Hidden Dangers of Vaping - KIM THOMPSON, M.D.
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Current Trends in Youth: • 90% of smokers have their first cigarette before they are 18 (US Preventive Services Task Force). • E-cigarettes surpassed combustible cigarettes as the most commonly used tobacco product among U.S. middle and high school students in 2014.1 • In 2018, more than 3.6 million middle and high school students reported they currently use e-cigarettes.2
The “Cost-Free” Mentality: Public Misperceptions • Very alarming considering that harm perceptions influence tobacco use behaviors. • Many young people don't see e-cigarettes as harmful, so prevention is especially important. (Thomas Houston, M.D., former chair of the AAFP Commission on Health of the Public) • 80 percent of youth do not see great risk of harm from regular use of e-cigarettes.3
The “Cost-Free” Mentality: Real Risk • As of August 27, 2019, at least 215 possible cases in 25 states of progressive, severe pulmonary disease related to the use of e-cigarettes or “vaping” have been reported to the U.S. Centers for Disease Control and Prevention (CDC). • And as of September 6, 2019, that number jumped to more than 450 cases of vaping-related illness in 33 states and 3 more deaths. • One death each has been reported in Illinois, Oregon, California, Indiana and Minnesota. • These pulmonary injuries are particularly seen among adolescents and young adults. Patients are experiencing respiratory symptoms including cough, shortness of breath, and fatigue, and symptoms typically worsen over a period of days or weeks before admission to the hospital.
The “Cost-Free” Mentality: Real Risk Myth: E-cigarettes assist in smoking Myth: E-cigarettes do not carry the cessation risk associated with conventional cigarette use • Study published in the American Journal of Preventive Medicine involved 9,352 • E-cigarettes deliver lower levels of carcinogens than conventional current and former e-cigarette users. 4 cigarettes, but both products still deliver • E-cigarette use actually reduces the particles and toxins that increase the risk likelihood of successfully quitting of cardiovascular disease and acute MI smoking for most smokers. • Both inhibit endothelial functioning/dilation of arteries, and shift cardiac autonomic balance to sympathetic predominance/increased oxidative stress, increasing cardiac risk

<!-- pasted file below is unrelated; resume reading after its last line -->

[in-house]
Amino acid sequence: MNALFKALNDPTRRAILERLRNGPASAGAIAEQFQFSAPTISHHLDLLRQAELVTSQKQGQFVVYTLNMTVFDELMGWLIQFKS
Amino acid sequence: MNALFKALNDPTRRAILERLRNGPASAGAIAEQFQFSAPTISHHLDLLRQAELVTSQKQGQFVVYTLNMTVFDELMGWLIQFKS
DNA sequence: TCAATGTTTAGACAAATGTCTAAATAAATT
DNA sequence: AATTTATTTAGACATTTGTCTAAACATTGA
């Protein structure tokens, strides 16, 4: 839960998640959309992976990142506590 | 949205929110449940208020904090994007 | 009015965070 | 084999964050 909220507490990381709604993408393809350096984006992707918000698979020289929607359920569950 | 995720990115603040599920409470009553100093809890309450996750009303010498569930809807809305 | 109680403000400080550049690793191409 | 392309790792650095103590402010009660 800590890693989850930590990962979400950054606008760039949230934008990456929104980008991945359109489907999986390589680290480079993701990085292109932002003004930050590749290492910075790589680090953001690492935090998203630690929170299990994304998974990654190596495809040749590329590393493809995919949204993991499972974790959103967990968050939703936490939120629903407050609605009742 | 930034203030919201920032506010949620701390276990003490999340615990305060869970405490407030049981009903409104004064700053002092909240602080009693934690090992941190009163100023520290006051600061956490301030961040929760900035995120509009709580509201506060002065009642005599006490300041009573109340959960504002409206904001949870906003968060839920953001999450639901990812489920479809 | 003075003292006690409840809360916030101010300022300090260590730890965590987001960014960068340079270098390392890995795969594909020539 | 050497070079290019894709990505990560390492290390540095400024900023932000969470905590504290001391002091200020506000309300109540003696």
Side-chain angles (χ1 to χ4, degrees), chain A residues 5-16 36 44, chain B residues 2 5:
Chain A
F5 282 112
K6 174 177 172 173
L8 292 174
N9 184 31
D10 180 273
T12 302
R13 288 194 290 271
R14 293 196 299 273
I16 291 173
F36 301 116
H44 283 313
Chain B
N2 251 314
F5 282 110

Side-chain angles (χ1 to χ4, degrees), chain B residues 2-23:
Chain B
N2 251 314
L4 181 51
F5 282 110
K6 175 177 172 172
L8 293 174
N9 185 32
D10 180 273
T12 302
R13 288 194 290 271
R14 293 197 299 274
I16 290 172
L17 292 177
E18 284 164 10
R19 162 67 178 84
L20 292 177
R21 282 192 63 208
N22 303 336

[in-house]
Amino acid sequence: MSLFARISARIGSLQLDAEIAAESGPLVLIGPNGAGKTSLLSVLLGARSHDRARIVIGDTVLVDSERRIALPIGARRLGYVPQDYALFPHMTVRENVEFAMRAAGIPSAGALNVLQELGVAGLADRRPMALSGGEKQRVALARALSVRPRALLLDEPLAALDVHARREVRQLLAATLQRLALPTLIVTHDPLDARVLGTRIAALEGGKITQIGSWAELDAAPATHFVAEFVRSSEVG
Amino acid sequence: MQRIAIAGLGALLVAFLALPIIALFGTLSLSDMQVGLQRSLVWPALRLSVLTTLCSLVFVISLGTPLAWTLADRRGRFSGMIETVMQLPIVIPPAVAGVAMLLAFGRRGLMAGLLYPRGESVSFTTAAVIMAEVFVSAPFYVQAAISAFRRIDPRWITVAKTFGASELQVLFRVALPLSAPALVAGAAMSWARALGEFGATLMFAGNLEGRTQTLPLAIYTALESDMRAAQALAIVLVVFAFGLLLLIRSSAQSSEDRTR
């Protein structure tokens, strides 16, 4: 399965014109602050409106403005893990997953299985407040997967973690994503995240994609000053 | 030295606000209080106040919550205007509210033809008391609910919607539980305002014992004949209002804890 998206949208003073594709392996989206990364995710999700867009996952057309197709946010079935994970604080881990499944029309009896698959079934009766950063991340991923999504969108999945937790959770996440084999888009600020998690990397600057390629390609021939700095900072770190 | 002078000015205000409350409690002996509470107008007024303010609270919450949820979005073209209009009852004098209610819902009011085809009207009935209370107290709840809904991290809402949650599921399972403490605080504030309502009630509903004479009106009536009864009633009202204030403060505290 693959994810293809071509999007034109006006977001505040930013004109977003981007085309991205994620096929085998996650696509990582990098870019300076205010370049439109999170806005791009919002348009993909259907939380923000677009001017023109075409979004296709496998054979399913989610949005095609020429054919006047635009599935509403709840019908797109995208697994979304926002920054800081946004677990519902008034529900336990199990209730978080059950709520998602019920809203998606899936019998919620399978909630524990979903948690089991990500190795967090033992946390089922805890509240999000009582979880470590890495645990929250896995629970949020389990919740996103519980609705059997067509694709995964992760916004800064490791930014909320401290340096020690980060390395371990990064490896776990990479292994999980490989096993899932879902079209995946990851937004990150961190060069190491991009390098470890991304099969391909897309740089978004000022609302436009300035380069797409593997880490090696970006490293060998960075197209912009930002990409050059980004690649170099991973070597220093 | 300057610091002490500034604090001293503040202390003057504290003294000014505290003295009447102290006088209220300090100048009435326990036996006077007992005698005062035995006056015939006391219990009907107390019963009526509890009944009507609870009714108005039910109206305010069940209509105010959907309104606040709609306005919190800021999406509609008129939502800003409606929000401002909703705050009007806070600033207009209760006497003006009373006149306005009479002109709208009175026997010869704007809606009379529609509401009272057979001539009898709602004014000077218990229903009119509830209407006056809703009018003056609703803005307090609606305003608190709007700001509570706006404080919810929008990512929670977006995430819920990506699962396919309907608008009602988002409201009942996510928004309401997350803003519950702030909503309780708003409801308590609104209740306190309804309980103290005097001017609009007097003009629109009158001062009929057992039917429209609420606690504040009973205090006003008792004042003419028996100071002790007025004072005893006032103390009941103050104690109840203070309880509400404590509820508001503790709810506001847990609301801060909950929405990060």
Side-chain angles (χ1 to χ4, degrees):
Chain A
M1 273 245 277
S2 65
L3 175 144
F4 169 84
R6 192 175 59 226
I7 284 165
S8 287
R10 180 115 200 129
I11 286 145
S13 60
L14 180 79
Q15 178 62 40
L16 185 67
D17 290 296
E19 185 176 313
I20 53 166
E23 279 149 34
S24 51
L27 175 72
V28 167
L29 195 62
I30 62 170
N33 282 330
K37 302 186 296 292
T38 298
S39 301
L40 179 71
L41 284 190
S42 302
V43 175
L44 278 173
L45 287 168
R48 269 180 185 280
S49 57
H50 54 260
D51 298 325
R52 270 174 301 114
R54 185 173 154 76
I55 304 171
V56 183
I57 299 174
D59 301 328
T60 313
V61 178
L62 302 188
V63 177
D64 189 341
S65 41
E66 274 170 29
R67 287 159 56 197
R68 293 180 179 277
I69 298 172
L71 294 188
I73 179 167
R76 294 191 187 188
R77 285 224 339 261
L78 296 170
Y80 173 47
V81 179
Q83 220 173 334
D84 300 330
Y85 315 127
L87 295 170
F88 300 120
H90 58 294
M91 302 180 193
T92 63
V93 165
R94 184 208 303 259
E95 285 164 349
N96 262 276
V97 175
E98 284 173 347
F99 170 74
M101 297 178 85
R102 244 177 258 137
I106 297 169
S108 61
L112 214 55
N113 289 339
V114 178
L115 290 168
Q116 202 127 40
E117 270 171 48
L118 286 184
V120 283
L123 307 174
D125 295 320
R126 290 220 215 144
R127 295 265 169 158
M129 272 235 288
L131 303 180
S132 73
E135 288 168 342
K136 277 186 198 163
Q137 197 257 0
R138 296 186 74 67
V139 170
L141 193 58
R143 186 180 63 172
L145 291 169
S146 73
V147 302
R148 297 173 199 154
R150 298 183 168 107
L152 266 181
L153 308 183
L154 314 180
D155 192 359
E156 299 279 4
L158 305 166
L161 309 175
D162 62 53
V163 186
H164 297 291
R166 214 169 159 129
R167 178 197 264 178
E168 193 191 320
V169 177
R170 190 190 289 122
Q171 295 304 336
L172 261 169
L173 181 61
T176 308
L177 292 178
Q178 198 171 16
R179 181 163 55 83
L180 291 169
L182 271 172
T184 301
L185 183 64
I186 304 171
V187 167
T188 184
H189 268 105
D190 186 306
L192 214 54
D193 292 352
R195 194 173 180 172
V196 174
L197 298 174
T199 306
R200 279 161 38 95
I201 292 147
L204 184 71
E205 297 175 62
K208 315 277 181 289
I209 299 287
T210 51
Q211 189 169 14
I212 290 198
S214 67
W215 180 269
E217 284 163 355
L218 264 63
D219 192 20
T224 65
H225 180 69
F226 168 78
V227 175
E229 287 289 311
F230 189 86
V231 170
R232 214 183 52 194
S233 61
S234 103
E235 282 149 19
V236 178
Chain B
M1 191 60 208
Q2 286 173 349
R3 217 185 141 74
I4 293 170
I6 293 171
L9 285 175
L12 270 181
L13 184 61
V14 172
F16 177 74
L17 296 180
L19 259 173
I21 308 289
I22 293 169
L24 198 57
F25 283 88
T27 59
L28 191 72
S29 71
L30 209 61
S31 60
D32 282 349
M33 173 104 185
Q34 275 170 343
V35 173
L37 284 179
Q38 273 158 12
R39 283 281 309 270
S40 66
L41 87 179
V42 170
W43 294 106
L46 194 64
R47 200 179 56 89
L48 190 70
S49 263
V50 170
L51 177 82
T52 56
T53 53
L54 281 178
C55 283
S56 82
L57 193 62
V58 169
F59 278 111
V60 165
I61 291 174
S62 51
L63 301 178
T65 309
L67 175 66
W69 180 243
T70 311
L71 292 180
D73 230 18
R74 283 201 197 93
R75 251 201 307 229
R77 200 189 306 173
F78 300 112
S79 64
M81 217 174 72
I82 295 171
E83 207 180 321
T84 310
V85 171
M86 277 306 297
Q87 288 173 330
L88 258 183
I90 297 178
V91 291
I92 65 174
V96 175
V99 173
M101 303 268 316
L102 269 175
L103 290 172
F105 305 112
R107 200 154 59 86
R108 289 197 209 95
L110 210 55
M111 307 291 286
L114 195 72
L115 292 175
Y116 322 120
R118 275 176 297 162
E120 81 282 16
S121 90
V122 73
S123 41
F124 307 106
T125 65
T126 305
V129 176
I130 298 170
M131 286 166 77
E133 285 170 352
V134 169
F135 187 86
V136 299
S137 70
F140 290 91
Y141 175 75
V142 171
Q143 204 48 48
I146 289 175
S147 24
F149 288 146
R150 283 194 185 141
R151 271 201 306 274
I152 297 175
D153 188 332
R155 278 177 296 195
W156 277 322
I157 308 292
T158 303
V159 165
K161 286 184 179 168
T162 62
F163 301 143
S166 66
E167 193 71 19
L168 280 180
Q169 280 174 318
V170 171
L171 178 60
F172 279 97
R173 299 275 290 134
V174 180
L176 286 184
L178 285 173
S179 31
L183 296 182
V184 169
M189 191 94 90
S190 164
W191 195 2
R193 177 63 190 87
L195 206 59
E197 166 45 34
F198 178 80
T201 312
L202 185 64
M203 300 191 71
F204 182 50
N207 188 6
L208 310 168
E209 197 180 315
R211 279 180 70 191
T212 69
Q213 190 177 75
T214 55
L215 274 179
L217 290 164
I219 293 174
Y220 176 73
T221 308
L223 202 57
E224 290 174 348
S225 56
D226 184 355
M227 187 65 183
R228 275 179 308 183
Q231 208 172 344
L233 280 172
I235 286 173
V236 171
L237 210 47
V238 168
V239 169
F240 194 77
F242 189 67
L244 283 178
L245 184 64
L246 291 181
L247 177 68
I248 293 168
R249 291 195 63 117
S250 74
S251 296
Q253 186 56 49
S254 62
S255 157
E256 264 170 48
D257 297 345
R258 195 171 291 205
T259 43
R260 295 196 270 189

The “Cost-Free” Mentality: Real Risk Myth: e-cigarette use decreases risk of Myth: e-cigarette users tend not to having and MI smoke other traditional tobacco products • Using e-cigarettes every day almost • Concurrent use is the most common doubles the risk of MI. usage pattern and far more dangerous • 3.6% of the current and former than using either on its own. smokers had h/o MI at some point • Using both e-cigarettes and vs. 6.1% of daily e-cigarette users. conventional cigarettes at same time increased the odds of an MI almost five-fold.
Current Efforts to Curb the Trend: • FDA expanded its award-winning “The Real Cost” campaign to educate the nearly 10.7 million youth aged 12-17 who have ever used e-cigarettes or are open to trying them about the potential risks of e-cigarette use.5 • Campaign messages focus on educating youth that using e-cigarettes, just like cigarettes, puts them at risk for addiction and other health consequences. • UK group Tobacco-free Take Action (“TFTA”) messages for youth by youth to combat e-cigarette use in KY.
References: • 1. Centers for Disease Control and Prevention (CDC). Tobacco product use among middle and high school students – United States, 2011-2015. Morbidity and Mortality Weekly Report. 2016; 65(14):361-367. • 2. Cullen KA, Ambrose BK, Gentzke AS, Apelberg BJ, Jamal A, King BA. Notes from the Field: Use of Electronic Cigarettes and Any Tobacco Product Among Middle and High School Students — United States, 2011–2018. MMWR Morb Mortal Wkly Rep 2018;67:1276–1277. (Original Data Source: NYTS 2018) • 3. Johnston, L. D., Miech, R. A., O’Malley, P. M., Bachman, J. G., Schulenberg, J. E., & Patrick, M. E. (2018). Monitoring the Future national survey results on drug use: 1975-2017: Overview, key findings on adolescent drug use. Ann Arbor: Institute for Social Research, The University of Michigan. • 4. Talal Alzahrani, Ivan Pena, Nardos Temesgen,Stanton A. Glantz. Association Between Electronic Cigarette Use and Myocardial Infarction. Am J Prev Med 2018; August 22, 2018. • 5. Substance Abuse and Mental Health Services Administration (SAMHSA). 2017 National Survey on Drug Use and Health: Detailed Tables. Rockville, MD: U.S. Department of Health and Human Services, SAMHSA, Center for Behavioral Health Statistics and Quality; 2018. https://www.samhsa.gov/data/sites/default/files/cbhsq- reports/NSDUHDetailedTabs2017/NSDUHDetailedTabs2017.pdf. Accessed October 12, 2018.
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